Hear the Hater Complaints

Donald Trump has done an excellent job of whipping up irrational hatreds, mostly of angry whites. He has taught them that hate is now acceptable, so they feel free to get in the faces of ordinary peaceful people and scream, their faces contorted with rage, that whatever person of color is currently in front of them has ruined everything and should go back where they came from. Some of them pull out a gun and shoot people dead, which of course Trump does not believe he is at all responsible for.

It’s really, really hard to see these people with anything but contempt, but I believe we must ignore the violence, the ignorance, the beliefs in conspiracy theories and all the rest, and ask, “Do these people have a real complaint, or is it all far right fringe irrational rage?” Certainly, their understanding of the economy is weak, and they would do well to learn how to evaluate reality.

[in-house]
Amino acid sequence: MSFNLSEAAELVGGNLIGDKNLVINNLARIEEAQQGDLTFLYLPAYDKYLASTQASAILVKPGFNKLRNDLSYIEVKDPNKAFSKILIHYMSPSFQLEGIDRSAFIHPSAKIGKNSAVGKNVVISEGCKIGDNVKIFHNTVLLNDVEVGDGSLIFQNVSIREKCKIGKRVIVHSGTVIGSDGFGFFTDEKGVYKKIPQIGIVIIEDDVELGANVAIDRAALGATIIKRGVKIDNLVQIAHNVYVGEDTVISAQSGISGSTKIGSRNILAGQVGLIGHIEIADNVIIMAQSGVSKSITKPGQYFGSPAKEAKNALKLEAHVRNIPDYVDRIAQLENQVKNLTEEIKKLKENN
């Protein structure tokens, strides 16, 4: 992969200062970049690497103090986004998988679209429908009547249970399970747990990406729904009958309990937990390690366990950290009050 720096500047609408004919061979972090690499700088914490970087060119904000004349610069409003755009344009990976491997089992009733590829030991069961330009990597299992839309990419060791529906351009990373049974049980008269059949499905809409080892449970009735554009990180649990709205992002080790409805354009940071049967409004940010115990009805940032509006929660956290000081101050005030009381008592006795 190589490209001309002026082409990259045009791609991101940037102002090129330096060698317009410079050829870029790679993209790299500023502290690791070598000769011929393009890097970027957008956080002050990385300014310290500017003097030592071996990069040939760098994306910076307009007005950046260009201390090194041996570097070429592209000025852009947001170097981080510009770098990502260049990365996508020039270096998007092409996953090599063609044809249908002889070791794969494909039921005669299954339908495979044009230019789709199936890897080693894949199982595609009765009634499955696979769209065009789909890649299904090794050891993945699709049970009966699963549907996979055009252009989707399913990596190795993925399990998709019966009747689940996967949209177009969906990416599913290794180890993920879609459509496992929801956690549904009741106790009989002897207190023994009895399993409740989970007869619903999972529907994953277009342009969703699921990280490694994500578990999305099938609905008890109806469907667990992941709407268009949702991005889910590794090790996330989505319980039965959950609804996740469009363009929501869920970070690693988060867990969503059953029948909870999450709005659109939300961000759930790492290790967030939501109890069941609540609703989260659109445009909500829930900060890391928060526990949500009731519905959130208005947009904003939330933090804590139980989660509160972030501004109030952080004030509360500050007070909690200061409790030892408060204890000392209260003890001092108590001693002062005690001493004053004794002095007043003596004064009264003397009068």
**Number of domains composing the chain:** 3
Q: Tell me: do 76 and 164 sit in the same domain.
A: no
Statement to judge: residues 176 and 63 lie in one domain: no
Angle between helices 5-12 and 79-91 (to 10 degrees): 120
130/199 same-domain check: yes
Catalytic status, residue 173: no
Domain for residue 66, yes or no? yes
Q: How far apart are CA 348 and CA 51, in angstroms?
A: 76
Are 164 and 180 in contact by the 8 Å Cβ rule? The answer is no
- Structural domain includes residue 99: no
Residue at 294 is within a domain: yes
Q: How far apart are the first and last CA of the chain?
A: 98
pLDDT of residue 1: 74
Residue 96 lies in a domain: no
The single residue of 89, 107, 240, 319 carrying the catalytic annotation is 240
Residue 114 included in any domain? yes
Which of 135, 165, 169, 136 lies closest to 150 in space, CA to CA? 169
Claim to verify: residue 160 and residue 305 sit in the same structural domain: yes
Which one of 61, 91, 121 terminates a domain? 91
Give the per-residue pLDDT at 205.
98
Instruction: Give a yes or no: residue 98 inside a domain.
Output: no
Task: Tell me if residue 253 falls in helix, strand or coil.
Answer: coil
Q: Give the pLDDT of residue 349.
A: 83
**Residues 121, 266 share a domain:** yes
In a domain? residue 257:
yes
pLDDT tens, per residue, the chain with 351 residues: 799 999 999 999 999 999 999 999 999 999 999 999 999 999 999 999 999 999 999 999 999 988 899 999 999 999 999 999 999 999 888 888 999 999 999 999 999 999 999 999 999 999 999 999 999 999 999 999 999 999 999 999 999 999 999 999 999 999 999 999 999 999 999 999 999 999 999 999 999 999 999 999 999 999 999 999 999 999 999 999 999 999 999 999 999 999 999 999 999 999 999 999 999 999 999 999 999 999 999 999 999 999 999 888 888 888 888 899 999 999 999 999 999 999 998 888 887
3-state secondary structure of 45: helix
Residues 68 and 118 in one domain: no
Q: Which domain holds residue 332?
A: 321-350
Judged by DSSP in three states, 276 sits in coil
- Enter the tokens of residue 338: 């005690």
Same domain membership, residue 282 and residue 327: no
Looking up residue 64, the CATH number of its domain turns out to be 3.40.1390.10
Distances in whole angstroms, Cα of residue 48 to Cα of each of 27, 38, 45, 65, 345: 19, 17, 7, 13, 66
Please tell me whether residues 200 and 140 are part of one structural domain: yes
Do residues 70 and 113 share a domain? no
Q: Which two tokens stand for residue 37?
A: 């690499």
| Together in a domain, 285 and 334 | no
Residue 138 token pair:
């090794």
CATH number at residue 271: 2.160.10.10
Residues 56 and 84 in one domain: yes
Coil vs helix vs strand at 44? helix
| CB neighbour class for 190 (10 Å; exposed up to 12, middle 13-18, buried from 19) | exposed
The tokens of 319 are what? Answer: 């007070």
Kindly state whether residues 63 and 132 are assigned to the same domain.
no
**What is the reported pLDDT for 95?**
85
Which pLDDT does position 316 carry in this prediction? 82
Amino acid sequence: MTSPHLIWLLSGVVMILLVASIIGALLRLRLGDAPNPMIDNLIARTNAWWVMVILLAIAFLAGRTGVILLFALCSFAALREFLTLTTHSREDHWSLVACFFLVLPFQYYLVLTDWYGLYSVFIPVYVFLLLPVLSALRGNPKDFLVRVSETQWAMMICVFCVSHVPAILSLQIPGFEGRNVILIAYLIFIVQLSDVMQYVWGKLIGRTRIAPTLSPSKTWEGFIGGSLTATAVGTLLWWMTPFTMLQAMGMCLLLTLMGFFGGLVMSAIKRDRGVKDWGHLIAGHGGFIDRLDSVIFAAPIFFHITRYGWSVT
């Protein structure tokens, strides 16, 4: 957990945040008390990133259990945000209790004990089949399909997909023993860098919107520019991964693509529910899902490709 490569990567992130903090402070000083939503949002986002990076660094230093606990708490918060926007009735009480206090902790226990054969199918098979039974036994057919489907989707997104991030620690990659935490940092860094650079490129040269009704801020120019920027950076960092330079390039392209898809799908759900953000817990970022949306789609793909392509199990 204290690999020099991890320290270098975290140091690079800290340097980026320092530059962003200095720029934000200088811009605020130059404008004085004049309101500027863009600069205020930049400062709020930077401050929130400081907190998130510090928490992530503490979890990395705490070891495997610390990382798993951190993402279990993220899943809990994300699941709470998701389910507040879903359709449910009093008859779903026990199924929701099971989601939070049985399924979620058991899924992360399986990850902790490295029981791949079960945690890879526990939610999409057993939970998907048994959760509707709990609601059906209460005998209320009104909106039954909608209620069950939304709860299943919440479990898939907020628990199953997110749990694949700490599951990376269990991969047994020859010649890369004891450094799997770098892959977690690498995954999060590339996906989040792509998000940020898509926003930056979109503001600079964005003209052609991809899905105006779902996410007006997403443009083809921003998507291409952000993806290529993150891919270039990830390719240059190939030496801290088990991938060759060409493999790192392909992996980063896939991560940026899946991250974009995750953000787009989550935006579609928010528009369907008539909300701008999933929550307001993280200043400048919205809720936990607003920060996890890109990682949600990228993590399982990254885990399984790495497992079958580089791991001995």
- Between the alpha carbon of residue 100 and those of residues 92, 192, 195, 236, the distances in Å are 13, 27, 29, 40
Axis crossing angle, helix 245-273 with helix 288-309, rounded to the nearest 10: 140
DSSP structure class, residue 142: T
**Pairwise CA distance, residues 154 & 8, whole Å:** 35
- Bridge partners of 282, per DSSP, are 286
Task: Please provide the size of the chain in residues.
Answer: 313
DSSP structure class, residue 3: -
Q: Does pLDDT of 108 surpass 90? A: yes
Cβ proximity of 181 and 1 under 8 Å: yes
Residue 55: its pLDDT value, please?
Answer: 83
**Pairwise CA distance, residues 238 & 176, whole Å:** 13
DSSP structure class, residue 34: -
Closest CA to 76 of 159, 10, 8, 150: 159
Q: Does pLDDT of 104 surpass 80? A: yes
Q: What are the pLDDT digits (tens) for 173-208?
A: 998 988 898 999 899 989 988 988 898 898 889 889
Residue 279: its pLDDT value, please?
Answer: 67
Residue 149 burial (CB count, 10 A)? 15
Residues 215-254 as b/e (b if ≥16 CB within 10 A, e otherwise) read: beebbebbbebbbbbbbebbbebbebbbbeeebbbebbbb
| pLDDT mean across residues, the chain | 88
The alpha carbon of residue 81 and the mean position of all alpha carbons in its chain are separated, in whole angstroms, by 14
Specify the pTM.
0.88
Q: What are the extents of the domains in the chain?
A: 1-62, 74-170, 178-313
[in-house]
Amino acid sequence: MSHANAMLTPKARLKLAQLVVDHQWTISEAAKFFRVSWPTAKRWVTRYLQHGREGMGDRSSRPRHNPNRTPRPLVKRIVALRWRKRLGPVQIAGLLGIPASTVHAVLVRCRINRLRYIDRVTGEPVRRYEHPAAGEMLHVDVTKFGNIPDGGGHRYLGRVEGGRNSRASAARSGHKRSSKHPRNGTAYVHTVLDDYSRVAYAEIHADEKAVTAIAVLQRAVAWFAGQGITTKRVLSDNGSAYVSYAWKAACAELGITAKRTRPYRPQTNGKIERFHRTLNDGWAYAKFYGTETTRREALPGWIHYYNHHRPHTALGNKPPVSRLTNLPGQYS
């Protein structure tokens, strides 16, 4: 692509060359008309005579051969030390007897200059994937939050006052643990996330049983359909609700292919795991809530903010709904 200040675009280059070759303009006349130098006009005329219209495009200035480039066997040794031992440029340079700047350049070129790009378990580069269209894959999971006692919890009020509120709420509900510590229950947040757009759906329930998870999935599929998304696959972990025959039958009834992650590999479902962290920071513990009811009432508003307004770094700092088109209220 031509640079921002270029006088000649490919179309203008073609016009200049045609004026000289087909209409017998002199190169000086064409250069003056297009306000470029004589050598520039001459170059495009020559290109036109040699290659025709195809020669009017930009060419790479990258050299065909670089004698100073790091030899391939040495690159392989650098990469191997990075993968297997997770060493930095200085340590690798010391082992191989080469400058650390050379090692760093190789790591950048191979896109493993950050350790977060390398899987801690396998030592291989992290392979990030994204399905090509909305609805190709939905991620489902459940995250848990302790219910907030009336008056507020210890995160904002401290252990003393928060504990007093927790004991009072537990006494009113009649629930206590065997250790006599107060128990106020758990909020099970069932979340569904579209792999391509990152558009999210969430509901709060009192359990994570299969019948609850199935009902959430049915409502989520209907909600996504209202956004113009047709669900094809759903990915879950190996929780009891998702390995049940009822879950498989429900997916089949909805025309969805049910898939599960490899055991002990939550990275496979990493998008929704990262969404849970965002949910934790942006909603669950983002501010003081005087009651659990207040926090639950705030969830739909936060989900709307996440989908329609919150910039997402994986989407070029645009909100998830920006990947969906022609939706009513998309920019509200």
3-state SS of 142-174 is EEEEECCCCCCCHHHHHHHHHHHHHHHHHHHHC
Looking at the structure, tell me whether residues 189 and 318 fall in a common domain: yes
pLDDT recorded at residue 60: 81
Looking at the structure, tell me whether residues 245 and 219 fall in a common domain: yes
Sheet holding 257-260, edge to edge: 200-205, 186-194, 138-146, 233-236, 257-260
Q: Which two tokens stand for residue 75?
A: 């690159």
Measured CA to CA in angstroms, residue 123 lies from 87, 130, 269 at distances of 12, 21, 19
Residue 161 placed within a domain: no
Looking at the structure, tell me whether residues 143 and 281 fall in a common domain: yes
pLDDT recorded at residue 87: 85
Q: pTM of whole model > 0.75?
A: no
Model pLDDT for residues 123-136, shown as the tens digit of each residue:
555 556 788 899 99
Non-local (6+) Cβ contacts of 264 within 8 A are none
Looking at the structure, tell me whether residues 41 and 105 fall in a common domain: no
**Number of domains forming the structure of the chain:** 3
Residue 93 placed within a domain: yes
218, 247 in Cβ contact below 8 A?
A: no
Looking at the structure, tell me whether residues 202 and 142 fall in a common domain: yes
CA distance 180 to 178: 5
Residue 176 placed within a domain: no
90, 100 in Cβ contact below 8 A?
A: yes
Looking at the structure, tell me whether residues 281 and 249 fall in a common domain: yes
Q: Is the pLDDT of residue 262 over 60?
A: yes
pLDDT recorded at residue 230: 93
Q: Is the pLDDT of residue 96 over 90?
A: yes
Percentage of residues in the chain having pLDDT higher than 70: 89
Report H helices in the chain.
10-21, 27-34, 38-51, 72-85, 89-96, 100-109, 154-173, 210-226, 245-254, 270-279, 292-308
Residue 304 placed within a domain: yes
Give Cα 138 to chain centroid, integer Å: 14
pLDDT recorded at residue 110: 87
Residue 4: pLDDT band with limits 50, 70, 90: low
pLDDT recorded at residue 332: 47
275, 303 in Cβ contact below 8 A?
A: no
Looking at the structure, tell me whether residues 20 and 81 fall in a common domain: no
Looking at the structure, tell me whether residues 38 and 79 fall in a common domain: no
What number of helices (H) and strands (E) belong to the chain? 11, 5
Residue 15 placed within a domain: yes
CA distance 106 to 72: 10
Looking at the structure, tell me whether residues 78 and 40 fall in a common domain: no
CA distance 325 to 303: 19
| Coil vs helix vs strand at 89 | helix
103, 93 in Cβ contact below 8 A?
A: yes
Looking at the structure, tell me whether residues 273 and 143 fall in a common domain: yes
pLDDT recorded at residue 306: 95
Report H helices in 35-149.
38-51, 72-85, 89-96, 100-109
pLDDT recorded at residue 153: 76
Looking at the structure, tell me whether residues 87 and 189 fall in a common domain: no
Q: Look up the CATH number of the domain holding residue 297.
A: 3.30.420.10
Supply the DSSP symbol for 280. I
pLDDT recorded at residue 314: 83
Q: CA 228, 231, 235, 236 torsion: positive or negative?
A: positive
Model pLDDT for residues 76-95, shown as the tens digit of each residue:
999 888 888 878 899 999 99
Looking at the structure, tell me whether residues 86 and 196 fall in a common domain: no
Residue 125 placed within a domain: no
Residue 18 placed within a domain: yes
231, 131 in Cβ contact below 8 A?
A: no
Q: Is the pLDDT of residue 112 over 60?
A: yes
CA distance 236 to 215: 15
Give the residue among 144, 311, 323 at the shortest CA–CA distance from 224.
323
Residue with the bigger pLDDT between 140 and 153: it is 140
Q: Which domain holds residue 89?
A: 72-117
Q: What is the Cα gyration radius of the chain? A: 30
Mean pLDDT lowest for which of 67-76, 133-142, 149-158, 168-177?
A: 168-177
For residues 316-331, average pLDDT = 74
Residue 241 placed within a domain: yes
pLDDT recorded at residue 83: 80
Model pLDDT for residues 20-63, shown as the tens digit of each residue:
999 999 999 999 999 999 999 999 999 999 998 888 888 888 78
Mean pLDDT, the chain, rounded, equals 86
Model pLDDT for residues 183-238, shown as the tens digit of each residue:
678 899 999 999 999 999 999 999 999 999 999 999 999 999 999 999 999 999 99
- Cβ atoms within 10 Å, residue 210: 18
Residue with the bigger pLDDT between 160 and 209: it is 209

We must realize we are not going to change these people into peaceful, tolerant folks. They have been bubbling with irrational hatreds all their lives. The only chance is with the next generation, or maybe the generation after that. Take college. Today’s haters are generally under-educated, and they may not care whether their kids learn anything, let alone go to college. They may feel that college is a waste of time and money—and for them that may be true. That belief may stem from the longstanding poverty and lack of opportunity that surrounds them. It’s a reality that college might not change.

Paul Theroux is a traveler and writer who studiously avoids the rich people in his extensive world travels, and spends all his time among the poor. In The Deep South he seeks out the many poor Americans, white and black, for whom centuries of deep poverty make life a daily struggle. These are the ones who often don’t make it into government statistics on unemployment. Some of them, black and white, are angry and racist. But they do have something to say, and they have an understanding about poverty and lack of opportunity that most of us don’t. In this book they point out several ways the government has failed them, some of them unnecessary failures.